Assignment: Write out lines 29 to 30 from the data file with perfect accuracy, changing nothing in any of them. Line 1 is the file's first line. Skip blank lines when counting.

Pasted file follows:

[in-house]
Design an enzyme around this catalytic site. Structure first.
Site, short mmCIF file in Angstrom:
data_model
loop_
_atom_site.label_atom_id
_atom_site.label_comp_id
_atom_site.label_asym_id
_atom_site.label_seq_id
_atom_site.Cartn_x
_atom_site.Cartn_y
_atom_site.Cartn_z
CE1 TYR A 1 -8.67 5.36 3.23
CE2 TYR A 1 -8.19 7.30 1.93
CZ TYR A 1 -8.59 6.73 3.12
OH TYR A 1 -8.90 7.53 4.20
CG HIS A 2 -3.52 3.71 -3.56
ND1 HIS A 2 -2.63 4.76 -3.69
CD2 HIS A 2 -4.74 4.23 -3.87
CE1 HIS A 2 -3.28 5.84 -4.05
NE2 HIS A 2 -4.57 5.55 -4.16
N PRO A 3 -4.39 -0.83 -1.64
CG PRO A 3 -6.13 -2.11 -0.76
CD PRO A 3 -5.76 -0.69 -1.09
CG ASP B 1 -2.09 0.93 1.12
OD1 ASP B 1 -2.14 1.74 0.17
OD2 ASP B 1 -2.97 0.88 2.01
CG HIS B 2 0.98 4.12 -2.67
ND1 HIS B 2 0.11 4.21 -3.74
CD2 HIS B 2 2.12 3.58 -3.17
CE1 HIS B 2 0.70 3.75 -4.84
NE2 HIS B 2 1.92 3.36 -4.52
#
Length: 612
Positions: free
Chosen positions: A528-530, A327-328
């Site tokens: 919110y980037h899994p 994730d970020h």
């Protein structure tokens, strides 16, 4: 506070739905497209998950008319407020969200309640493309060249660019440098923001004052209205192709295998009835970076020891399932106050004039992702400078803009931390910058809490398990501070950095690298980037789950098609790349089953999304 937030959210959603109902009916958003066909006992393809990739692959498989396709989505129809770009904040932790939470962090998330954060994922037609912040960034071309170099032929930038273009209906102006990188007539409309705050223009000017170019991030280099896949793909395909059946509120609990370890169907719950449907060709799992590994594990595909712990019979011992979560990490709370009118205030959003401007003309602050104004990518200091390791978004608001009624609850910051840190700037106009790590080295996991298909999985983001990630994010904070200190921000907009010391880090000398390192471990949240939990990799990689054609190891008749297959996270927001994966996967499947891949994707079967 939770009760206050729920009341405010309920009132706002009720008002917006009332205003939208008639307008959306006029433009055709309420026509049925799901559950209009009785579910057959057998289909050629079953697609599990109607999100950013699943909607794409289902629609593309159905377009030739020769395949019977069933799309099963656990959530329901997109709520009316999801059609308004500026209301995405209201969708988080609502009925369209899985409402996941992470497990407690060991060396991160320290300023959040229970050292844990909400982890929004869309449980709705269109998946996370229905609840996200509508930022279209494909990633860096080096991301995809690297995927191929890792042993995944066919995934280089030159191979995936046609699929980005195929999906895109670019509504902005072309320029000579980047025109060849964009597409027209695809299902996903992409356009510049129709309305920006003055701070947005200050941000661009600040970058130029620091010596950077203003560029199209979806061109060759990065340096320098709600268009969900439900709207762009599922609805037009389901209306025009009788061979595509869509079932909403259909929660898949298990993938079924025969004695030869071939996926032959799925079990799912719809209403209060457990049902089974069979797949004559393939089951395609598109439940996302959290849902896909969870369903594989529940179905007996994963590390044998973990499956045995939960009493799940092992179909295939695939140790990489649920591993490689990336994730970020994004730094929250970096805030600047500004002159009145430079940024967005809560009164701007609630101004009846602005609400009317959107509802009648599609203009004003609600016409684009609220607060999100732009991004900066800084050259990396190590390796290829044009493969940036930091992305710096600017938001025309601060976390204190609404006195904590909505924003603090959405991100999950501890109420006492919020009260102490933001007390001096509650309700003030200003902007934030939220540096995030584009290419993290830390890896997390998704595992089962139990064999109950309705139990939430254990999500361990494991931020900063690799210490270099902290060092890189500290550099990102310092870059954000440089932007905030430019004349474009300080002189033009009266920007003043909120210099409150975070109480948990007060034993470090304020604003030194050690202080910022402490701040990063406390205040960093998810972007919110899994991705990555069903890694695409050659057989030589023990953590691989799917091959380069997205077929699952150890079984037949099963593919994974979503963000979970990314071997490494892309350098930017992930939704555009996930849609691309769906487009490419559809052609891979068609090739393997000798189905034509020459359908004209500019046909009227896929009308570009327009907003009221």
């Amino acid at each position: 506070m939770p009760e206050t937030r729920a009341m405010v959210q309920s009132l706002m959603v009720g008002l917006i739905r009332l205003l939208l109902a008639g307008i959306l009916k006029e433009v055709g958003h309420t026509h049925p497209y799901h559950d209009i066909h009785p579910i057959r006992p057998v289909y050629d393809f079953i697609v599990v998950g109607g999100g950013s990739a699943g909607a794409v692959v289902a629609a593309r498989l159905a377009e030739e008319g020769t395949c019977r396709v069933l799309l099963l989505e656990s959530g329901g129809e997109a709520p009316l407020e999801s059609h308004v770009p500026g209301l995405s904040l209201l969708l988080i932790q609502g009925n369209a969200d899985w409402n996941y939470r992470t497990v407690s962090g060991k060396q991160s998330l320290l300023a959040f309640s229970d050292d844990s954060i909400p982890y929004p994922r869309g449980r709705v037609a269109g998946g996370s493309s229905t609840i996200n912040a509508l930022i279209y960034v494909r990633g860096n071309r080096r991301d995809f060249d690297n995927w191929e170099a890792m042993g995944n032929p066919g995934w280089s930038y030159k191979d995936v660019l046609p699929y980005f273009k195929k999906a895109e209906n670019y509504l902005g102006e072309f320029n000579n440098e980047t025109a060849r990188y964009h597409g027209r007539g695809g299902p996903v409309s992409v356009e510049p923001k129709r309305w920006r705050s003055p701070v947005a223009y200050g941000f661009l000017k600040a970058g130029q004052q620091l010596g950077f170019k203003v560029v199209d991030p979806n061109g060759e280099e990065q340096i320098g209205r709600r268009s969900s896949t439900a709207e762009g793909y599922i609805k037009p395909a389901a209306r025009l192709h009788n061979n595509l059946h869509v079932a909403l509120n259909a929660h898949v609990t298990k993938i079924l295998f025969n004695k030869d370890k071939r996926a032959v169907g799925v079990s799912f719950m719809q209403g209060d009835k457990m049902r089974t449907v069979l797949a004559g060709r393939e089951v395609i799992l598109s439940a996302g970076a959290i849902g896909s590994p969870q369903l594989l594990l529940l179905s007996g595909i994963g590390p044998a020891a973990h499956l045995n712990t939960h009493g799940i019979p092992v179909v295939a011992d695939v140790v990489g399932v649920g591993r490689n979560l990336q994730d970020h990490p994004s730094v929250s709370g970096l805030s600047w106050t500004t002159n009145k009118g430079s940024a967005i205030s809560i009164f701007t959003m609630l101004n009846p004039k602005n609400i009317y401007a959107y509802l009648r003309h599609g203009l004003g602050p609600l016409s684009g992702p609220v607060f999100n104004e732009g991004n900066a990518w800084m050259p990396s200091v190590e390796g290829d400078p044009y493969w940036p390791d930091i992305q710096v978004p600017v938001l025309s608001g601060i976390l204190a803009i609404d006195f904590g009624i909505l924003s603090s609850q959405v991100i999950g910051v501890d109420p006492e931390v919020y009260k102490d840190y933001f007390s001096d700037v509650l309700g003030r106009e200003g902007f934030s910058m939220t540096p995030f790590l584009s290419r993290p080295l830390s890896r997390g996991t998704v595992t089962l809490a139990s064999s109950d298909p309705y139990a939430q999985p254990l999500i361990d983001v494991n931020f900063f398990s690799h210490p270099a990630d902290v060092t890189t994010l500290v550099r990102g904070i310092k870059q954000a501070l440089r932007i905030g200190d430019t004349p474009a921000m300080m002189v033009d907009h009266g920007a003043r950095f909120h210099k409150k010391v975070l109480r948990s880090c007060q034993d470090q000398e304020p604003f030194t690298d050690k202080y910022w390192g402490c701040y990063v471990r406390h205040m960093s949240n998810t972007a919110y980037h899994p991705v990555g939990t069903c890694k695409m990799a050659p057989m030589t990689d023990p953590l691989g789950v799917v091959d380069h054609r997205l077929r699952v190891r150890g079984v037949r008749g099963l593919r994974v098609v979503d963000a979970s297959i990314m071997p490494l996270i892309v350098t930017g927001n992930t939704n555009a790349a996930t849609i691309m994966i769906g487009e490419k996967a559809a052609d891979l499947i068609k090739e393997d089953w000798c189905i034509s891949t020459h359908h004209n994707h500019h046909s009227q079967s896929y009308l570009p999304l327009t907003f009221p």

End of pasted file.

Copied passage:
ND1 HIS B 2 0.11 4.21 -3.74
CD2 HIS B 2 2.12 3.58 -3.17